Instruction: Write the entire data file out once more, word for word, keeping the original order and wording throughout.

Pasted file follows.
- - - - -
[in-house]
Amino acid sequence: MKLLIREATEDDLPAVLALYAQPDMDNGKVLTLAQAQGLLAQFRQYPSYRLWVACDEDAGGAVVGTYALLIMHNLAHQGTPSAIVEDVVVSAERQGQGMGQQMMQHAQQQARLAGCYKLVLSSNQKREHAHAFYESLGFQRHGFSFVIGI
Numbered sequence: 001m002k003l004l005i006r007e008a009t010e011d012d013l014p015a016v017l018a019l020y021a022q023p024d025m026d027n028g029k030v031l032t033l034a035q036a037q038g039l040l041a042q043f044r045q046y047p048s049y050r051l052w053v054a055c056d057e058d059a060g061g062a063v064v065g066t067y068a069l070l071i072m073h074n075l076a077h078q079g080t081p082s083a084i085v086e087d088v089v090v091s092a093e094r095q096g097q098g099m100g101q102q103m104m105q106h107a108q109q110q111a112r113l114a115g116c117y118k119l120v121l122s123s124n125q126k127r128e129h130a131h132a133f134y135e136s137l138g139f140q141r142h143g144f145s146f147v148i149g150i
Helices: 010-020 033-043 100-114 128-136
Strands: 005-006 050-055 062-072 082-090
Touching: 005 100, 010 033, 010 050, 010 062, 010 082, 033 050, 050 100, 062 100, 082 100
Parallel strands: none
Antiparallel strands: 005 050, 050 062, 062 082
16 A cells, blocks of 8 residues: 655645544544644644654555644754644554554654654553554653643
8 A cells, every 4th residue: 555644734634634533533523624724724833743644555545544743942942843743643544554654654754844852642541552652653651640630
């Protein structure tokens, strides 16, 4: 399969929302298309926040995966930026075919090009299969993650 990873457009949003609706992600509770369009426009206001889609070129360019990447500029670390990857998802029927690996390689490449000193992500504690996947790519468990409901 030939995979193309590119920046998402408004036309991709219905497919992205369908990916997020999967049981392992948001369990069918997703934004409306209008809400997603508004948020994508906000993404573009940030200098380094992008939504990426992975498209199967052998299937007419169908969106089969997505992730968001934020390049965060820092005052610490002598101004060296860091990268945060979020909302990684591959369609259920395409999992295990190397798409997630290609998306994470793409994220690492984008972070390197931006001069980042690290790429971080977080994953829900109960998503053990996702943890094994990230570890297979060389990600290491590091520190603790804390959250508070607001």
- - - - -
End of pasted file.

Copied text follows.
[in-house]
Amino acid sequence: MKLLIREATEDDLPAVLALYAQPDMDNGKVLTLAQAQGLLAQFRQYPSYRLWVACDEDAGGAVVGTYALLIMHNLAHQGTPSAIVEDVVVSAERQGQGMGQQMMQHAQQQARLAGCYKLVLSSNQKREHAHAFYESLGFQRHGFSFVIGI
Numbered sequence: 001m002k003l004l005i006r007e008a009t010e011d012d013l014p015a016v017l018a019l020y021a022q023p024d025m026d027n028g029k030v031l032t033l034a035q036a037q038g039l040l041a042q043f044r045q046y047p048s049y050r051l052w053v054a055c056d057e058d059a060g061g062a063v064v065g066t067y068a069l070l071i072m073h074n075l076a077h078q079g080t081p082s083a084i085v086e087d088v089v090v091s092a093e094r095q096g097q098g099m100g101q102q103m104m105q106h107a108q109q110q111a112r113l114a115g116c117y118k119l120v121l122s123s124n125q126k127r128e129h130a131h132a133f134y135e136s137l138g139f140q141r142h143g144f145s146f147v148i149g150i
Helices: 010-020 033-043 100-114 128-136
Strands: 005-006 050-055 062-072 082-090
Touching: 005 100, 010 033, 010 050, 010 062, 010 082, 033 050, 050 100, 062 100, 082 100
Parallel strands: none
Antiparallel strands: 005 050, 050 062, 062 082
16 A cells, blocks of 8 residues: 655645544544644644654555644754644554554654654553554653643
8 A cells, every 4th residue: 555644734634634533533523624724724833743644555545544743942942843743643544554654654754844852642541552652653651640630
């Protein structure tokens, strides 16, 4: 399969929302298309926040995966930026075919090009299969993650 990873457009949003609706992600509770369009426009206001889609070129360019990447500029670390990857998802029927690996390689490449000193992500504690996947790519468990409901 030939995979193309590119920046998402408004036309991709219905497919992205369908990916997020999967049981392992948001369990069918997703934004409306209008809400997603508004948020994508906000993404573009940030200098380094992008939504990426992975498209199967052998299937007419169908969106089969997505992730968001934020390049965060820092005052610490002598101004060296860091990268945060979020909302990684591959369609259920395409999992295990190397798409997630290609998306994470793409994220690492984008972070390197931006001069980042690290790429971080977080994953829900109960998503053990996702943890094994990230570890297979060389990600290491590091520190603790804390959250508070607001």